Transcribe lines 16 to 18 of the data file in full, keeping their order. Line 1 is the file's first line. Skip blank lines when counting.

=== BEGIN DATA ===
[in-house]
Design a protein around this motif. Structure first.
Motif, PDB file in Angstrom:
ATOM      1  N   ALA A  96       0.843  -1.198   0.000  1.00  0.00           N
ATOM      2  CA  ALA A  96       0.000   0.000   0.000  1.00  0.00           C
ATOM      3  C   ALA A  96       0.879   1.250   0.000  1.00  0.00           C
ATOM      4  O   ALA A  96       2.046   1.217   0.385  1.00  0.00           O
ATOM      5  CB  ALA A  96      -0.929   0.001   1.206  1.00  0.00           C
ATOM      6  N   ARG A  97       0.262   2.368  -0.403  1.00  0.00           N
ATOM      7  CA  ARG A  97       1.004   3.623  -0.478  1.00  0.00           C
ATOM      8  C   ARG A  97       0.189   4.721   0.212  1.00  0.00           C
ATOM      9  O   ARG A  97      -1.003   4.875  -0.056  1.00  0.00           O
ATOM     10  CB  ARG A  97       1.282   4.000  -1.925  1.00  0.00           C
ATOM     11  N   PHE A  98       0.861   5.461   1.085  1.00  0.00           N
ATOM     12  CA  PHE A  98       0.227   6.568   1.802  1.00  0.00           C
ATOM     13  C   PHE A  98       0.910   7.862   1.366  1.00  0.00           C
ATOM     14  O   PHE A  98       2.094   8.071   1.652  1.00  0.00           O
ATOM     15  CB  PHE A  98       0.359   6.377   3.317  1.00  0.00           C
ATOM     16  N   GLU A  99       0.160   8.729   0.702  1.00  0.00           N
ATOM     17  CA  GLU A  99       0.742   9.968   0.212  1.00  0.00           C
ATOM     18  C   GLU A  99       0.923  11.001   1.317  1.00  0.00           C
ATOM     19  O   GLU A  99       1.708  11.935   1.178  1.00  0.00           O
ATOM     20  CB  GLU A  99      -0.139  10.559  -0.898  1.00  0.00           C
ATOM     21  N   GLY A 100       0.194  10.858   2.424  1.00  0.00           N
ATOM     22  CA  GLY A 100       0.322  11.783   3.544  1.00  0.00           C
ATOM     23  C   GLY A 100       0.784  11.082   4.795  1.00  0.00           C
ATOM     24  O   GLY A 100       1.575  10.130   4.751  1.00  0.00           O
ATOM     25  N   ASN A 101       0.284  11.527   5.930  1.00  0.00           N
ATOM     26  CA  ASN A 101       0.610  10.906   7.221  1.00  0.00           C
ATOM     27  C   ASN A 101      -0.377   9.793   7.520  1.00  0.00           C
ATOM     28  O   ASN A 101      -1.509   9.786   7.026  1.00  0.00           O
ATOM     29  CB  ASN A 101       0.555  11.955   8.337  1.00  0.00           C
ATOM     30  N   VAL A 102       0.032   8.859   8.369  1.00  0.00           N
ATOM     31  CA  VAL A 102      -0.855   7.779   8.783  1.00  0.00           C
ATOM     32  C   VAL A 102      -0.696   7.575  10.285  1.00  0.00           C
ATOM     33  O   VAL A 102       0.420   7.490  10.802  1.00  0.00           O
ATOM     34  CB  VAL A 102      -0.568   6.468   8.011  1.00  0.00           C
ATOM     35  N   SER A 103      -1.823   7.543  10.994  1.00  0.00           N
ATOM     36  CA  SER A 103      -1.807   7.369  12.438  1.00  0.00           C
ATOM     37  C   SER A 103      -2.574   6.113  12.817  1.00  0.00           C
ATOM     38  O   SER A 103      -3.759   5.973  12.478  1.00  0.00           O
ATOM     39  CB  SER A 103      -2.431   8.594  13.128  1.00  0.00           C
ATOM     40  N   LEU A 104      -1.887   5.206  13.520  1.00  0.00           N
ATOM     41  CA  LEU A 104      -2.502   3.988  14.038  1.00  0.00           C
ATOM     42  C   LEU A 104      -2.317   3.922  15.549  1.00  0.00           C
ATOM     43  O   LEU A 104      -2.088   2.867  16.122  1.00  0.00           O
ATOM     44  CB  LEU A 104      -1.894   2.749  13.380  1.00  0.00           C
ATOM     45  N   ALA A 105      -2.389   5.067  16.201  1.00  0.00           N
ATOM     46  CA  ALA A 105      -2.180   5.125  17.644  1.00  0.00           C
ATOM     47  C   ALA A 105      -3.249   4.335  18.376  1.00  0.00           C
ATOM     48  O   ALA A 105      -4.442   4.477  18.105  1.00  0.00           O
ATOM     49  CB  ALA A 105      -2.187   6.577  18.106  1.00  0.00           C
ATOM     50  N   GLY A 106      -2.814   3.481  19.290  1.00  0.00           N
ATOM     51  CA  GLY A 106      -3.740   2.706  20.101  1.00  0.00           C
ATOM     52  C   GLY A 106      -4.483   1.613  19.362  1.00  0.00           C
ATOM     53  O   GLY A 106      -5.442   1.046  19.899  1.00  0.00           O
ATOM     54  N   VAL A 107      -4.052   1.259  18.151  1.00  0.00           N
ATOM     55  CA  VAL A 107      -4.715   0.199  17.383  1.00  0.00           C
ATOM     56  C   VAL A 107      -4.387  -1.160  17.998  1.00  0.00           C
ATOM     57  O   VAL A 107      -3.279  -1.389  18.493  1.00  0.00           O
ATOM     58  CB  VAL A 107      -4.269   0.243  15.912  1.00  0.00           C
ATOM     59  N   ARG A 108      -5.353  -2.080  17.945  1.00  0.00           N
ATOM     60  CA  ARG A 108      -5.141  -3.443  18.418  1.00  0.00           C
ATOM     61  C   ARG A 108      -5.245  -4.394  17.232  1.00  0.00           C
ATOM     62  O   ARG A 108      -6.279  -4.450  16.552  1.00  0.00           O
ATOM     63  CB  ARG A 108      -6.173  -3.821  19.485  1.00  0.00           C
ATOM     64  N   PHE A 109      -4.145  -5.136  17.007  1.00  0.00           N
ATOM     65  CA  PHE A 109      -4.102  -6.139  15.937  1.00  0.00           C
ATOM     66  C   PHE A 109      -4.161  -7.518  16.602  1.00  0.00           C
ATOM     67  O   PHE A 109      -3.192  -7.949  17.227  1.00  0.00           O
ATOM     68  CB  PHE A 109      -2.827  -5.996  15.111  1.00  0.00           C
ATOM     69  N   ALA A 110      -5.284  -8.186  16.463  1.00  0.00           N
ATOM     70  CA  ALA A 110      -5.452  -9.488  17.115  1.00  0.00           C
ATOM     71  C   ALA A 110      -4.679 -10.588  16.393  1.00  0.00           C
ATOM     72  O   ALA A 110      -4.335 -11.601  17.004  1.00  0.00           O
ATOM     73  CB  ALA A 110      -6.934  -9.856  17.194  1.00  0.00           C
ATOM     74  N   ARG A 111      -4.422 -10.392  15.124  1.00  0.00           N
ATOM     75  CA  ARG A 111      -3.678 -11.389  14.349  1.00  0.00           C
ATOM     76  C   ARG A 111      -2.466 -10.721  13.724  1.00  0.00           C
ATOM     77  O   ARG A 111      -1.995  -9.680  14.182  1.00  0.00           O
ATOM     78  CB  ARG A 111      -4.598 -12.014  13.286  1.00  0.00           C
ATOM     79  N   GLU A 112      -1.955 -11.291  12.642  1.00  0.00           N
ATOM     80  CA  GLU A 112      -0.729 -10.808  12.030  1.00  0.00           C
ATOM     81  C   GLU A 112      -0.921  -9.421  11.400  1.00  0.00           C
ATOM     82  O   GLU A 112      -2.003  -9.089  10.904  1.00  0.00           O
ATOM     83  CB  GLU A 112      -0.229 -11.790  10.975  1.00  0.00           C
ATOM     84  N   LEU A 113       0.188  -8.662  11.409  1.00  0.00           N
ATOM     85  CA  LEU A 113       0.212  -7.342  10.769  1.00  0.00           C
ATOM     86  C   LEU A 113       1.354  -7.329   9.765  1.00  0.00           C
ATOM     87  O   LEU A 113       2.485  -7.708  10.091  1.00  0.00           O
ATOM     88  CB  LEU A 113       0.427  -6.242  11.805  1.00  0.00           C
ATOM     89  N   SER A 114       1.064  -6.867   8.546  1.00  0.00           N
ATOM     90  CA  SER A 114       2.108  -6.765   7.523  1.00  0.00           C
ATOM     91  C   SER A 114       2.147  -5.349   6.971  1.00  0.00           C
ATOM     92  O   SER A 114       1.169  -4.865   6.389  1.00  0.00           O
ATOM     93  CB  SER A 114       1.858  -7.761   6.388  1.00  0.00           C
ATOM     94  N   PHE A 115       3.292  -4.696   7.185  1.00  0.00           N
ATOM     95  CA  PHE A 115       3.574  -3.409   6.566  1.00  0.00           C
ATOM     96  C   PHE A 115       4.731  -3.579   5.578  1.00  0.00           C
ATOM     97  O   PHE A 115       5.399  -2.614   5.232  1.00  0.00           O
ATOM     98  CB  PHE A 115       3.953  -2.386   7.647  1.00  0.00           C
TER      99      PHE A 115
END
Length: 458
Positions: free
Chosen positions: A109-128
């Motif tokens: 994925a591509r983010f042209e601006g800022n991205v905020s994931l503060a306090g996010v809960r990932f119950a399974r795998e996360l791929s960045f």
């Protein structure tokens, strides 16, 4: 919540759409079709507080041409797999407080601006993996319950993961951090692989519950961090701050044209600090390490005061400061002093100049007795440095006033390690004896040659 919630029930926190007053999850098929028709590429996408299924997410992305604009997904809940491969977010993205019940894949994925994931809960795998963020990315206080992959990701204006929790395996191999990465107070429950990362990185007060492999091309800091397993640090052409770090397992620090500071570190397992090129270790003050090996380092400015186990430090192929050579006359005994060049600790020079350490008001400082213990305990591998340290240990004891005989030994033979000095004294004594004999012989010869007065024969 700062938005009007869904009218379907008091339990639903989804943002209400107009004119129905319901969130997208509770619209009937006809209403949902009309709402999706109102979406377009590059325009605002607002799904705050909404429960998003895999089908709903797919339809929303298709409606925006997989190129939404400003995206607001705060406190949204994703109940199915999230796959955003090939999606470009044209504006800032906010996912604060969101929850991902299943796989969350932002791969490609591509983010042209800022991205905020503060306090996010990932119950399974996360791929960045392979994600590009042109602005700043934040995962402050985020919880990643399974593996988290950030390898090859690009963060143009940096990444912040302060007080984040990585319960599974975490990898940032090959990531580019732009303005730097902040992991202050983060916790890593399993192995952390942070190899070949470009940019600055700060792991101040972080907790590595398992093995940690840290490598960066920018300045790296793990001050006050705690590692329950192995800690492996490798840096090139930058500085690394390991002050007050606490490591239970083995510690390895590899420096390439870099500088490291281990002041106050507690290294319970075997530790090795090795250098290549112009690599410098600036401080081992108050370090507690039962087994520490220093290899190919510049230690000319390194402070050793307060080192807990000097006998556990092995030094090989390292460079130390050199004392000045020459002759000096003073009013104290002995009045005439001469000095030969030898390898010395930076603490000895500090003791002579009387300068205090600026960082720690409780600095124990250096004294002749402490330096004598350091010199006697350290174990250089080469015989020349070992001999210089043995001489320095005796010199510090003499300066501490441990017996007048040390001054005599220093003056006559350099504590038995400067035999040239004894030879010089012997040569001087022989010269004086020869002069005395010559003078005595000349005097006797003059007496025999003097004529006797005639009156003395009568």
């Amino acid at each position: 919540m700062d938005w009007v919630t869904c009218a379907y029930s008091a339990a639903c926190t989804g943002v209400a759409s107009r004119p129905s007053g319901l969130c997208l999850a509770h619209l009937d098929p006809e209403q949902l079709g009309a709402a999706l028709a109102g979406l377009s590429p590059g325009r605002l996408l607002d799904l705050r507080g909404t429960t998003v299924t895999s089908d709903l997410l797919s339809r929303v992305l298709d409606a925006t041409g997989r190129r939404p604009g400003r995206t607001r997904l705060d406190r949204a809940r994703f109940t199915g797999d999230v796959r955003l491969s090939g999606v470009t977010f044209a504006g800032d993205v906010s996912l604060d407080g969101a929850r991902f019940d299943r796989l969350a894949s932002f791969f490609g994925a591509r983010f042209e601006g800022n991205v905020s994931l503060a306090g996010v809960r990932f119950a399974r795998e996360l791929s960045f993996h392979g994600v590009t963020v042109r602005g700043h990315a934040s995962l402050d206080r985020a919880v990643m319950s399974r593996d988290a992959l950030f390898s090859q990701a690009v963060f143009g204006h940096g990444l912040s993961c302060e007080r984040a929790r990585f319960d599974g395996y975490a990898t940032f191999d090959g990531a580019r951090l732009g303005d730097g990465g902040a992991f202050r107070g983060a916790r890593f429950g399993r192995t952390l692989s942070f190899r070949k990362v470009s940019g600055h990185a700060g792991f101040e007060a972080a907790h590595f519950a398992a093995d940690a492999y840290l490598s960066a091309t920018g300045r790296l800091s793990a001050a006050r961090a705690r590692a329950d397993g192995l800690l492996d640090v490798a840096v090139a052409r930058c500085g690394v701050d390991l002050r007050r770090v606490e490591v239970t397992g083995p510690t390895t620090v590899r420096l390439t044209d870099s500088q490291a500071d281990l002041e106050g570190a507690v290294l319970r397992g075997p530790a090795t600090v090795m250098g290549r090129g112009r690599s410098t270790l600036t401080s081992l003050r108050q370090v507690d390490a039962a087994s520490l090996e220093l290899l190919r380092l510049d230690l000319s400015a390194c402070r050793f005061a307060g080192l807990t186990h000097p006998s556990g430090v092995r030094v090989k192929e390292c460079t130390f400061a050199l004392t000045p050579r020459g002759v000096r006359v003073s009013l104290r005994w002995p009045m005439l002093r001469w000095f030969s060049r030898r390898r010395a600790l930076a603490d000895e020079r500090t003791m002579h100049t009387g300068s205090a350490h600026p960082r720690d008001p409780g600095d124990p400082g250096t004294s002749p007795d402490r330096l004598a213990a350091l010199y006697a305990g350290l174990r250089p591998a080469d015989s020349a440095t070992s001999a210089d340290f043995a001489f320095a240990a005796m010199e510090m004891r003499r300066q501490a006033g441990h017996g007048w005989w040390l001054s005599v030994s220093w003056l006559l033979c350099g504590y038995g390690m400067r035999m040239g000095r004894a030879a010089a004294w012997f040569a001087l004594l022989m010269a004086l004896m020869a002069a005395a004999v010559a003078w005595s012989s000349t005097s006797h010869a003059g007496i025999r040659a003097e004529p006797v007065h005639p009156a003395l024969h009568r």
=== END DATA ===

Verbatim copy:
ATOM     13  C   PHE A  98       0.910   7.862   1.366  1.00  0.00           C
ATOM     14  O   PHE A  98       2.094   8.071   1.652  1.00  0.00           O
ATOM     15  CB  PHE A  98       0.359   6.377   3.317  1.00  0.00           C